Sri Lanka hopes to reach first agreement with IMF for aid

COLOMBO, Sri Lanka (AP) — Sri Lanka’s central bank chief said Thursday he hopes the embattled island nation will reach a preliminary agreement that could lead to a bailout with the International Monetary Fund when Financial institution officials are reportedly visiting Sri Lanka later this month.

The Indian Ocean nation is facing its worst economic crisis and has been negotiating with the IMF while government leaders in Colombo have declared Sri Lanka effectively bankrupt.

Nandalal Weerasinghe, Sri Lanka’s central bank governor, said he hoped IMF officials and the Sri Lankan government could “finalize and reach agreement at staff level” on the policy package during their meetings. meetings.

Sri Lanka announced in April that it was suspending foreign loan repayments. Its total external debt is $51 billion, of which it must pay $28 billion by 2027. The country has declared that it must restructure all of its debt.

Weerasinghe told reporters on Thursday that the deal sought with the IMF would give them “a clear picture of debt sustainability and the debt targets we need to achieve over the next 10 years.”

Once an agreement is reached, Weerasinghe said, Sri Lanka will approach sovereign bondholders and other external creditors.

“We hope that all of our creditors will support Sri Lanka once they see the solid macroeconomic program approved by the IMF,” he said.

Sri Lanka’s economic collapse has sparked a political crisis, with widespread anti-government protests erupting across the country. Massive public protests toppled Sri Lankan President Gotabaya Rajapaksa last month.

Rajapaksa fled the country after thousands of protesters stormed his official residence and he resigned in exile. He fled first to the Maldives, then to Singapore and is now in Thailand.

Protesters blamed Rajapakasa and his powerful family for years of mismanagement and corruption that bankrupted the nation and led to unprecedented shortages of essential imports like fuel, medicine and cooking gas.

Sri Lanka’s new president, Ranil Wickremesinghe, said two weeks ago that his government had started negotiations with the IMF on a four-year bailout and had begun finalizing a debt restructuring plan.

However, Wickremesinghe also said negotiations with the IMF had been difficult due to Sri Lanka’s bankruptcy and that an early August target for a deal with the agency was not possible. He is now expected in September due to social unrest in the country.

Wickremesinghe was elected president last month to complete the remainder of Rajapaksa’s five-year term, which ends in 2024.

Wickremesinghe’s government is preparing a national policy roadmap for the next 25 years that aims to reduce public debt and transform the country into a competitive export economy.

Wickremesinghe stressed that Sri Lanka needs long-term solutions and a solid foundation to stop a recurrence of economic crises.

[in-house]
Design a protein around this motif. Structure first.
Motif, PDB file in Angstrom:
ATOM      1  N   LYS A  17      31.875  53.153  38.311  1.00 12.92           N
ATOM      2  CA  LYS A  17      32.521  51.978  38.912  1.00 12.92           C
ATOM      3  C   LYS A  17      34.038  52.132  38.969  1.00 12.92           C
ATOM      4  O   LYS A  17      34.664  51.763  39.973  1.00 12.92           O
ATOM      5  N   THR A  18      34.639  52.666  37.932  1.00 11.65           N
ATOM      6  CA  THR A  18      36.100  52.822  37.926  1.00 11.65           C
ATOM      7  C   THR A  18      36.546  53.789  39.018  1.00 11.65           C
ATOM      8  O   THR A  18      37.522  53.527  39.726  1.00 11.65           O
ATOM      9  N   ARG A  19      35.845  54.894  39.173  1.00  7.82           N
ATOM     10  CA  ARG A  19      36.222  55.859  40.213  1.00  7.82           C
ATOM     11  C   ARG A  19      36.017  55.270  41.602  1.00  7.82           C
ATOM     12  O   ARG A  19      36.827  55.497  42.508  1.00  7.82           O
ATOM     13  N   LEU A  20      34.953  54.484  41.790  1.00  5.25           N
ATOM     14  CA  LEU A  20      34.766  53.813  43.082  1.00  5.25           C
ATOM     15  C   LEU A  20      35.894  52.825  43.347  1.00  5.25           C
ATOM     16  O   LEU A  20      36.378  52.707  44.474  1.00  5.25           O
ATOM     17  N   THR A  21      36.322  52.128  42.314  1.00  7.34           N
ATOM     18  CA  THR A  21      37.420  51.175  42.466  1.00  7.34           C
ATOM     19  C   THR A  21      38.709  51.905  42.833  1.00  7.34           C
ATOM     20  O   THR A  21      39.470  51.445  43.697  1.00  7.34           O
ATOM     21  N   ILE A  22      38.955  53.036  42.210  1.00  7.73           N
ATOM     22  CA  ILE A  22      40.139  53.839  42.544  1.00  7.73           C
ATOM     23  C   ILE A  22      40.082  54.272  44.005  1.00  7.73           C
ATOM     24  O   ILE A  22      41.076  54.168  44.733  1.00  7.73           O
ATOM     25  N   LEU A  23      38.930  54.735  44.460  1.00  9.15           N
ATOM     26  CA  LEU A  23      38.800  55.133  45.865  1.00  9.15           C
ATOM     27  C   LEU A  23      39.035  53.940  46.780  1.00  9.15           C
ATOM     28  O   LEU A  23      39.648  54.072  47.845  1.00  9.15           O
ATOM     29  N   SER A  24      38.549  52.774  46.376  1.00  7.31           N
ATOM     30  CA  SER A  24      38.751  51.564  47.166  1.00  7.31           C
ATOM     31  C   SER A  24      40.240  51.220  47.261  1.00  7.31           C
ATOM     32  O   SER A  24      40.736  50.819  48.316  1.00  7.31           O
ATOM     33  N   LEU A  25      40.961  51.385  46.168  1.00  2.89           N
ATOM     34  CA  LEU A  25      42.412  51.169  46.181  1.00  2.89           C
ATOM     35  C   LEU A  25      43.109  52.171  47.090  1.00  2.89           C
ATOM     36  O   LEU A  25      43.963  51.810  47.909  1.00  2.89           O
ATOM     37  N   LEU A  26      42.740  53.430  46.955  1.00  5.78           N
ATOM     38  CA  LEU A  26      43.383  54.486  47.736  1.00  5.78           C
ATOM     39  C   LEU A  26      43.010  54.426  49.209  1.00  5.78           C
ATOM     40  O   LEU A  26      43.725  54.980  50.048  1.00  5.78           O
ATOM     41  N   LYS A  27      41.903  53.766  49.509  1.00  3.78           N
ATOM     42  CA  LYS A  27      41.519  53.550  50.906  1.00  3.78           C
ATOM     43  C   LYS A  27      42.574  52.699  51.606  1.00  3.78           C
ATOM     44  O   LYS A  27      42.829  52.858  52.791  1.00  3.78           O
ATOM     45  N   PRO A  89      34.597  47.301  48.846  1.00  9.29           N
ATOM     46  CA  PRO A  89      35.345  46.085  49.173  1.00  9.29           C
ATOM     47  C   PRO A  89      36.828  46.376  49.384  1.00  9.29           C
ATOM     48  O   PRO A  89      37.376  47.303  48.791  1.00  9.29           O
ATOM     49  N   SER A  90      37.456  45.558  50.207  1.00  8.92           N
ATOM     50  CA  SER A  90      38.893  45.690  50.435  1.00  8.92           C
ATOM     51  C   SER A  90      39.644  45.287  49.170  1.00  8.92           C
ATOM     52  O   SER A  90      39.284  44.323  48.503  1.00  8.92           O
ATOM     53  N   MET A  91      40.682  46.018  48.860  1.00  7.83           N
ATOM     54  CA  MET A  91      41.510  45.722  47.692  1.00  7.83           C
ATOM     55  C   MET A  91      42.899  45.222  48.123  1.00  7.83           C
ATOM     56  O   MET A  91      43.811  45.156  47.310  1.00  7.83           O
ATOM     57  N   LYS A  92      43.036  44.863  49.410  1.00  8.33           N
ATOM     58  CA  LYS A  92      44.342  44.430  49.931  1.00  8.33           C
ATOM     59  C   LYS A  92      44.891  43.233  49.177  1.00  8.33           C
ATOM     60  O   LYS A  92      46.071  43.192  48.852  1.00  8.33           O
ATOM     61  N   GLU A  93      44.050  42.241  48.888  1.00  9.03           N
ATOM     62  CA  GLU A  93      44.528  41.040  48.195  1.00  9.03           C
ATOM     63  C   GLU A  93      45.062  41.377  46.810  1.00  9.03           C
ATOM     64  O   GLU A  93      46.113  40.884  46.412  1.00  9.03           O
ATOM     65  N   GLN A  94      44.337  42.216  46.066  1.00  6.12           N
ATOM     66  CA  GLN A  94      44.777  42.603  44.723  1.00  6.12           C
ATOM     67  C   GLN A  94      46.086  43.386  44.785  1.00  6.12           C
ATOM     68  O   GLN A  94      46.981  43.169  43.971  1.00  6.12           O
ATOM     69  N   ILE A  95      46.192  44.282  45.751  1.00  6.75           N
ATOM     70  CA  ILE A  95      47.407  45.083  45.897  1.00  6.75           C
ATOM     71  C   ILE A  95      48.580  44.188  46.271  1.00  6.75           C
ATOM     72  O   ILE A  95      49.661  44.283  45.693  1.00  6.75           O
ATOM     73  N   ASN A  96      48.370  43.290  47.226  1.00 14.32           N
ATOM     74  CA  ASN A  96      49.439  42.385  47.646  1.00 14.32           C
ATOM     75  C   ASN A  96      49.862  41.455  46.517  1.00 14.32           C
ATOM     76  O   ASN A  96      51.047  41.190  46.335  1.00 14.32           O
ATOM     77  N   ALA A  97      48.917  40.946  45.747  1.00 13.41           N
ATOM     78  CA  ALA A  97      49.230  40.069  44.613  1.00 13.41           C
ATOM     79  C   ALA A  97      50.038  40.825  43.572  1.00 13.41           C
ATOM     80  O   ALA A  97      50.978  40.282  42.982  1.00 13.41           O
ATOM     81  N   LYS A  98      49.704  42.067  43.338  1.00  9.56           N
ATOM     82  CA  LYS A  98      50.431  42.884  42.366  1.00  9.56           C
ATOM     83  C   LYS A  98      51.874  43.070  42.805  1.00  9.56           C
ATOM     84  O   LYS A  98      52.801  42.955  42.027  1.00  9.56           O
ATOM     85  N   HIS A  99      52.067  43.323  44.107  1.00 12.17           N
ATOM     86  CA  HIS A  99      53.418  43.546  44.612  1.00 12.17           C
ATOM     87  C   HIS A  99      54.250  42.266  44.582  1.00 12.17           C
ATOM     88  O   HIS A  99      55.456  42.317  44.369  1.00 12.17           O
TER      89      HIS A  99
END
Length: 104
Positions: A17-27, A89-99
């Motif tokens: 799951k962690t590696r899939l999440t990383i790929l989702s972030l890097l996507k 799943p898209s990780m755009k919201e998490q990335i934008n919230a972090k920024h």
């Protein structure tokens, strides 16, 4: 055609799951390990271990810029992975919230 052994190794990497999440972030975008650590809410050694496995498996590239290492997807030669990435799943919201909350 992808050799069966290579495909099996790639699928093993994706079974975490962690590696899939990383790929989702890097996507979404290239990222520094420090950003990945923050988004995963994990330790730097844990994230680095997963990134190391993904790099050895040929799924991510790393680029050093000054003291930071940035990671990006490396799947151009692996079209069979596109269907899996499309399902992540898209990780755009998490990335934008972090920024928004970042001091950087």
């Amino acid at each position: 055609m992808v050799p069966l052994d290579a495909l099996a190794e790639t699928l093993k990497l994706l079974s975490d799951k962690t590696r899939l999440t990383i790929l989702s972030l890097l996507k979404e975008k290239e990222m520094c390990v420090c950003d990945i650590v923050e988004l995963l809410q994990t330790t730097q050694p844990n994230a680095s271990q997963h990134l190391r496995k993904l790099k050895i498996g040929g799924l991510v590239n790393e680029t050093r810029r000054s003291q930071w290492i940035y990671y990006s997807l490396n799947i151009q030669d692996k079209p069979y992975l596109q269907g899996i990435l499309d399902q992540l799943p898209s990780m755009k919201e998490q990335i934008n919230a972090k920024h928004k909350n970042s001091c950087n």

Two weeks ago, he said that the difficulties had eased somewhat with the reduction of power cuts, the supply of fertilizer for the crop and the improvement of the distribution of cooking gas.

But many people complain that the price hikes for most essentials are unbearable.

The prices of most basic necessities have tripled in recent months and most people are struggling to afford basic necessities. About 70% of Sri Lankan households surveyed by UNICEF in May said they had reduced their food consumption. Many families depend on government rice donations and charitable donations.

Separately, on Thursday, police fired tear gas and used water cannons to disperse university students who were taking part in a protest march in the capital Colombo, demanding Wickremesinghe’s resignation. Local TV channels showed police arresting some of the protesters.

Protesters accused Wickremesinghe of being a surrogate for Rajapaksa and trying to suppress people’s rights to protest.

They marched along Colombo’s main roads, shouting slogans and carrying banners that read ‘Go Ranil Go get lost with ALL Rajapaksas’, ‘Stop the repression and ‘Release all arrested protesters’.

Since his election, Wickremesinghe has authorized the military and police to violently dismantle protest camps in Colombo and arrest those they identify as having entered the president’s official residence and other public buildings.

Rights groups have accused the Sri Lankan government of using emergency laws to harass and arbitrarily detain protesters demanding political reform and accountability.

However, Wickremesinghe said that although the protests started peacefully, groups with political interests later took over and turned violent, citing the burning of dozens of ruling party politicians’ homes in May.

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